Of all the memories he has of former Mayor Peter Iasillo, Sam Terenzi's favorite is a classic example of Port Chester politics and its long history of strong passions, flaring tempers and public feuds.
"The best night," Terenzi recalled, "had to be when he threw Goldie out if the meeting."
The story has become part of Port Chester political lore. These days, folks who step up to the podium at public meetings have five minutes to say their piece. But local gadfly had been at it for a half hour that night in 1988 when Iasillo lost his patience.
Solomon continued her tirade, unaware Iasillo had pushed a silent buzzer until three police officers entered the room and pulled Solomon away from the podium.
As usual, didn't mince words: "This is a dictatorship! They are dictators and storm troopers!" she yelled as the police hauled her away.
Terenzi, who served with Iasillo for five years during his original stint as a trustee in the 1980s, didn't always agree with Iasillo. But like many who recalled the former mayor after hearing of his death on Wednesday, Terenzi says he never doubted Iasillo's devotion to the village.
"Pete always had a great sense of humor and really loved being in the public eye," Terenzi recalled. "He was a great ambassador for the village."
Terenzi recalls being on opposite side of arguments with Iasillo when both were elected leaders, but the two had mutual respect for each other: "He did some things that I didn't agree with, and if I was a little more mature I probably would have handled it differently."
Iasillo, 82, died early this morning at Greenwich Hospital in CT. His son, Peter Iasillo Jr., posted a goodbye message to his father on Facebook today and said the family is working out funeral and wake arrangements.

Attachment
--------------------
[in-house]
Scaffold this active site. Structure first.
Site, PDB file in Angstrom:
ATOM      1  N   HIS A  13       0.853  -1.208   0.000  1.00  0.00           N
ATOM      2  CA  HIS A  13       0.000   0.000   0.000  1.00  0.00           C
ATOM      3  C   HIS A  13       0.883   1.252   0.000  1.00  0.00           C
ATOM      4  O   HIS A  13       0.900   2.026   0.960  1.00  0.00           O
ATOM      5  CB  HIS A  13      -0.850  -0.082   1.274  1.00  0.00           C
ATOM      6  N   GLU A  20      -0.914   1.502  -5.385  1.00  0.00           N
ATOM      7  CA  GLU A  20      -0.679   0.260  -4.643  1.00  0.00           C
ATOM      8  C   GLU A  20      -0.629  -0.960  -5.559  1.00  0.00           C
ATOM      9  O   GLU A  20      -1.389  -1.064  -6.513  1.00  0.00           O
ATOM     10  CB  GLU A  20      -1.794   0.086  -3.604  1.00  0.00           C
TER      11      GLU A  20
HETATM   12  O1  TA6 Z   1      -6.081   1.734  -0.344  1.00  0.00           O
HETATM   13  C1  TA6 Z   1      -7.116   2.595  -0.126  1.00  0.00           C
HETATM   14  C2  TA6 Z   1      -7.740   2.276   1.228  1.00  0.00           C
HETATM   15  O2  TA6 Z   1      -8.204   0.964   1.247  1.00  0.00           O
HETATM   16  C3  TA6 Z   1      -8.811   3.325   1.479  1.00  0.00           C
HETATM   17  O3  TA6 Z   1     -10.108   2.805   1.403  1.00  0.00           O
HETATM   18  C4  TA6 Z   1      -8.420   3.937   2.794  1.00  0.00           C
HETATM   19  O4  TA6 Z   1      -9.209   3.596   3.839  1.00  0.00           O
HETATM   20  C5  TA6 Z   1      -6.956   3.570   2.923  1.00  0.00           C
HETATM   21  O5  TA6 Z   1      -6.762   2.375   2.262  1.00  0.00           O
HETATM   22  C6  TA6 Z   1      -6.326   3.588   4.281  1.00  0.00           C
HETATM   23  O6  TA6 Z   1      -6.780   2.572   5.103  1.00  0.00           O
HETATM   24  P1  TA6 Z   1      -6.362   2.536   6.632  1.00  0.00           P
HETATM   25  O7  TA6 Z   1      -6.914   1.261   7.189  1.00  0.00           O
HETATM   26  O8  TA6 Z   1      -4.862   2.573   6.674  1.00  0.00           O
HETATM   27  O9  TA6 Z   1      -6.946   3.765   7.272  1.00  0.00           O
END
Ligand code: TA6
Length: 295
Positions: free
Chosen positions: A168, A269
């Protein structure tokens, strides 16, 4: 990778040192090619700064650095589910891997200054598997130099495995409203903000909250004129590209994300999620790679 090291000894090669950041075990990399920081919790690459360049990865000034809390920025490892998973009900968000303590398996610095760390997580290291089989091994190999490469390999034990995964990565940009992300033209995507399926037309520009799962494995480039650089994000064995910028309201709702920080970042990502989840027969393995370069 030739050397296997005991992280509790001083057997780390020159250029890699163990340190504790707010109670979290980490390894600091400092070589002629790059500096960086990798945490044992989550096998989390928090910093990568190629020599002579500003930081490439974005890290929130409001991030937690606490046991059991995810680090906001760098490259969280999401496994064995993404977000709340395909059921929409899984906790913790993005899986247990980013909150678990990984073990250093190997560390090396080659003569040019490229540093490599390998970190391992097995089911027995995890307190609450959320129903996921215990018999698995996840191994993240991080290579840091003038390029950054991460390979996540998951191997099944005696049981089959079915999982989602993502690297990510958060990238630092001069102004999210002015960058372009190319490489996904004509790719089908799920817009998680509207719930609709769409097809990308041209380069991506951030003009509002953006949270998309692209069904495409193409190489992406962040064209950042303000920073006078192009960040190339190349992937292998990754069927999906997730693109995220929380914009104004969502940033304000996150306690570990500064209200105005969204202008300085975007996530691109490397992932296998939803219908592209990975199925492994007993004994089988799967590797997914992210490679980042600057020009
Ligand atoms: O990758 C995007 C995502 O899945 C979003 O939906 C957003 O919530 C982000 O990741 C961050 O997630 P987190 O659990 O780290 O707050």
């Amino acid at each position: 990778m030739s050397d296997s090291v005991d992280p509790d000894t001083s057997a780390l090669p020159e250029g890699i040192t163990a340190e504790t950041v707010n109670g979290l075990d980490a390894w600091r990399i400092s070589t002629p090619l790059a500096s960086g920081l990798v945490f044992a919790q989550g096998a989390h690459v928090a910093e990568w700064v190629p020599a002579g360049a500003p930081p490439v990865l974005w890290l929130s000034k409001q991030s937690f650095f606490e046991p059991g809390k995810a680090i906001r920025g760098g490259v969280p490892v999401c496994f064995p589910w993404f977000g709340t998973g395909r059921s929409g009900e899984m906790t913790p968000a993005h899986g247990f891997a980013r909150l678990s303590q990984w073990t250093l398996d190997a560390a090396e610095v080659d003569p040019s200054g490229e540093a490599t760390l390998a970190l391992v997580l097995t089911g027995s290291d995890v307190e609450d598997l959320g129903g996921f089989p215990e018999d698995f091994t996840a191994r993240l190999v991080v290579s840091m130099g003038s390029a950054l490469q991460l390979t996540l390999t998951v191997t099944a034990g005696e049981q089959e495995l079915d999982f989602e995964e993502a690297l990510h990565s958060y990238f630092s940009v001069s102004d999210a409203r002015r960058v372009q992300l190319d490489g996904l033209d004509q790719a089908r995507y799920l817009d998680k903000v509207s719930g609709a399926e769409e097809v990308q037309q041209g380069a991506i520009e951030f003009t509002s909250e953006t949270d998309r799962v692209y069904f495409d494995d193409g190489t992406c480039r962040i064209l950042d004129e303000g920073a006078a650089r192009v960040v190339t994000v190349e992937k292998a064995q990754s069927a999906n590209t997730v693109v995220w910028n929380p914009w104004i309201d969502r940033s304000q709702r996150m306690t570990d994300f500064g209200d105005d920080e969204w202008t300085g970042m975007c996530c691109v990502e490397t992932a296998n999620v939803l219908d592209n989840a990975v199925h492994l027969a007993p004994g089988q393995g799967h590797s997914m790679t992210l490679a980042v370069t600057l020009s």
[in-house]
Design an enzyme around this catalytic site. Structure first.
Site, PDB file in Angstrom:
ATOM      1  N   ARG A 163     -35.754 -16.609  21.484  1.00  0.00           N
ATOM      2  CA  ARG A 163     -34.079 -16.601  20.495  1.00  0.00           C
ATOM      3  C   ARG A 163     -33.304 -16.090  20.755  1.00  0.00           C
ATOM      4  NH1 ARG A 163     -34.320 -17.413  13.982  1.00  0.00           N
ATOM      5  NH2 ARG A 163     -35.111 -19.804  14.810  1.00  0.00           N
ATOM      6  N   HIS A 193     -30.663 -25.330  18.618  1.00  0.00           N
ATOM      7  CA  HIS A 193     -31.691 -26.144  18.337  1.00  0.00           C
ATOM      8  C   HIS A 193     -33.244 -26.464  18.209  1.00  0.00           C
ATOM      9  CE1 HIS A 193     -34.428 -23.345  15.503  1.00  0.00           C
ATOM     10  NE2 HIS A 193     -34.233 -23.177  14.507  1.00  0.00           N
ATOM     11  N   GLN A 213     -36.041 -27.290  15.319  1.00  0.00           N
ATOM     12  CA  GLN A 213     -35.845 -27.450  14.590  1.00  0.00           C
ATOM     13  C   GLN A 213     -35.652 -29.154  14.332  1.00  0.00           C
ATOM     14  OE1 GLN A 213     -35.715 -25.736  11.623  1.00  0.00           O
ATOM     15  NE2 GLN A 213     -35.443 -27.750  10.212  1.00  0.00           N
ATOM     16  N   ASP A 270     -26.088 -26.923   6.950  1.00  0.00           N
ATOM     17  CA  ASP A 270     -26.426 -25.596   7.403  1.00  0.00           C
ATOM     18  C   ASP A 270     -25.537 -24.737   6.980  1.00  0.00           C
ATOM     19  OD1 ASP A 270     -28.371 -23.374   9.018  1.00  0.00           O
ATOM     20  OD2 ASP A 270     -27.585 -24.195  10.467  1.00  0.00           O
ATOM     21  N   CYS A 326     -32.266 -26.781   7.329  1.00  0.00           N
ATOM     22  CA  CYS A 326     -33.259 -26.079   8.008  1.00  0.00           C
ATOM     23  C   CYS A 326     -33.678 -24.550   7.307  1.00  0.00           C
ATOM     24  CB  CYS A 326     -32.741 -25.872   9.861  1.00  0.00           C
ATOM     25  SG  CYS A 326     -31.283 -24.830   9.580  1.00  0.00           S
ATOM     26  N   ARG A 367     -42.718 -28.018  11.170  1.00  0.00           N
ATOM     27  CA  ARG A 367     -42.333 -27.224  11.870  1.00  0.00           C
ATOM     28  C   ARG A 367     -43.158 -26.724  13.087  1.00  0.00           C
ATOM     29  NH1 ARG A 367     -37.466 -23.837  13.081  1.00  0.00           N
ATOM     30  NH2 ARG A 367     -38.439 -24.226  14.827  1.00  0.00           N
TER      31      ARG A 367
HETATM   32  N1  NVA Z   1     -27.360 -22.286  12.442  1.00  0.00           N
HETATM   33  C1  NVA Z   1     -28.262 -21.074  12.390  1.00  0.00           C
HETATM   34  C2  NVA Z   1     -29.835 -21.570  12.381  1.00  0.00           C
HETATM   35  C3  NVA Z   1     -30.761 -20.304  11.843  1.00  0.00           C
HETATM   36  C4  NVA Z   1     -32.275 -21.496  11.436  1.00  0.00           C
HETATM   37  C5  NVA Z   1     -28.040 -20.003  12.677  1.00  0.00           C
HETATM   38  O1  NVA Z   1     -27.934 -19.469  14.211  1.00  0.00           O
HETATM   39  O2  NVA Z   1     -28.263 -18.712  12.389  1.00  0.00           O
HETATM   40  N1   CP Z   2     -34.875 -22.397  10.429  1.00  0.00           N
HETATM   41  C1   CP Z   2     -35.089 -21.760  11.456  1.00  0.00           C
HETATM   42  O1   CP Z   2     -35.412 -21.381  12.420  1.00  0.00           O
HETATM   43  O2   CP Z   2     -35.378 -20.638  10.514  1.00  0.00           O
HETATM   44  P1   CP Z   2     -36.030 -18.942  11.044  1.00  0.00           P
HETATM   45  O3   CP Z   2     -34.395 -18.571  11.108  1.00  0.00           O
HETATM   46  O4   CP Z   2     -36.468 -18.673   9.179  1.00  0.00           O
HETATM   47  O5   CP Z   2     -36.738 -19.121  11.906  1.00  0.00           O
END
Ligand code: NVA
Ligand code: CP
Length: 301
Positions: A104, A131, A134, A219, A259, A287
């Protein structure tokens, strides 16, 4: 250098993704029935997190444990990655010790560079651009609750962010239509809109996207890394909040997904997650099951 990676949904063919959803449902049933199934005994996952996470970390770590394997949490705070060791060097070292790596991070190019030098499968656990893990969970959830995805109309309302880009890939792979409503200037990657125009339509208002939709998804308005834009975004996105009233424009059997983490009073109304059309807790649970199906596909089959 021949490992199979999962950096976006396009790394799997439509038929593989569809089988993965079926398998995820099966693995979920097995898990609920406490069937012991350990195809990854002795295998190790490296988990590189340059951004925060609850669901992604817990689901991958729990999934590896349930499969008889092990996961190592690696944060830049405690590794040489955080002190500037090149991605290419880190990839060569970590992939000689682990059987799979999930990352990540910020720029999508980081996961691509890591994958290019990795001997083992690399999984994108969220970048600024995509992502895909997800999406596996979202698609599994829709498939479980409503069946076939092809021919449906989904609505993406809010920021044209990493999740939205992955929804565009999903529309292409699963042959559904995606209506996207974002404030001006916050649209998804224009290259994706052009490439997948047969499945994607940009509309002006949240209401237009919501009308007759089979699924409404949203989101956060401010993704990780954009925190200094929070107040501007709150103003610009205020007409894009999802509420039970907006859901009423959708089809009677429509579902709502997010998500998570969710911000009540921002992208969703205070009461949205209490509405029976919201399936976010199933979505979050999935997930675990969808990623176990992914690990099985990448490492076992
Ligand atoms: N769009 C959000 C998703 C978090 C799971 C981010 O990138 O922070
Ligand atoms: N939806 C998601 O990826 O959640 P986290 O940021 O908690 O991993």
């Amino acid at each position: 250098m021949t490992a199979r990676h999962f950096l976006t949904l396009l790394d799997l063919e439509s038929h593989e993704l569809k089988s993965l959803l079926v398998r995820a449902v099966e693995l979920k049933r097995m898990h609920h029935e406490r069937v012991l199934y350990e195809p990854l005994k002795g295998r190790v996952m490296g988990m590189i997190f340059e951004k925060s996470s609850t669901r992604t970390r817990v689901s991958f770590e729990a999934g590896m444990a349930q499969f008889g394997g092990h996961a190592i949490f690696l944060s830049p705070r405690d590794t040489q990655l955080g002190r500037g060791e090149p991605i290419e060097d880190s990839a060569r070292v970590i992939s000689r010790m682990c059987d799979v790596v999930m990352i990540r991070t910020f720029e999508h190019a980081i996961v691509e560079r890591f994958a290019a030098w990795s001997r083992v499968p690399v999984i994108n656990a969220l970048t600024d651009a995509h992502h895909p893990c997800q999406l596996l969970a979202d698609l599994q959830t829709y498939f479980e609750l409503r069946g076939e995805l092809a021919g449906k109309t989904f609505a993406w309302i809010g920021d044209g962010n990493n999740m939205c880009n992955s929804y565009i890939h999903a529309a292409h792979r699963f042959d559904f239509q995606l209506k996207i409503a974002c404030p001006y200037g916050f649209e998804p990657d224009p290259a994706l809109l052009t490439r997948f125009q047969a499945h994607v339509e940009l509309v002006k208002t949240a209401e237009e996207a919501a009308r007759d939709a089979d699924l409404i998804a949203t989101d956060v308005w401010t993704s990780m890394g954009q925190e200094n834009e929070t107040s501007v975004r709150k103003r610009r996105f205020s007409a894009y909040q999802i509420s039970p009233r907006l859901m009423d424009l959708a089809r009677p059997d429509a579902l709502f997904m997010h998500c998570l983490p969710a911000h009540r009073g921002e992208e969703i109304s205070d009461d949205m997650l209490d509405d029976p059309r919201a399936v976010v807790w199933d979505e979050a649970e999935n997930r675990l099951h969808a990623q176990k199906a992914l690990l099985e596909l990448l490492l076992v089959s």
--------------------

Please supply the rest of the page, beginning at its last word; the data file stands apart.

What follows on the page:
"Your dad was always larger than life to me," Bea Sileo Bologna wrote to the younger Iasillo, one of dozens who offered condolences and memories online Wednesday morning.
The elder Iasillo spent 23 years as a public servant in Port Chester, 13 of them as mayor. He remained politically active until the end, appearing sporadically at public meetings and most recently weighing in on Port Chester's ongoing revitalization with an online post in December 2011.
In 2009, Iasillo published a 200-page book about his time in public office, titled "Was It Worth It? Recollections of a Village Mayor." Iasillo answered his own question in a teaser for the book, saying there's no place he'd rather be than Port Chester.
"My life is really great," he wrote.
Trustee Joseph Kenner said he's keeping Iasillo's family in his prayers.
"Mayor Pete (as I always referred to him) was and will continue to be a testament to what it means to be a dedicated and passionate civic leader in Port Chester," Kenner wrote to Patch this morning. "Whether you agreed with him or not, one can never say that Mayor Peter did not love Port Chester and Village politics."
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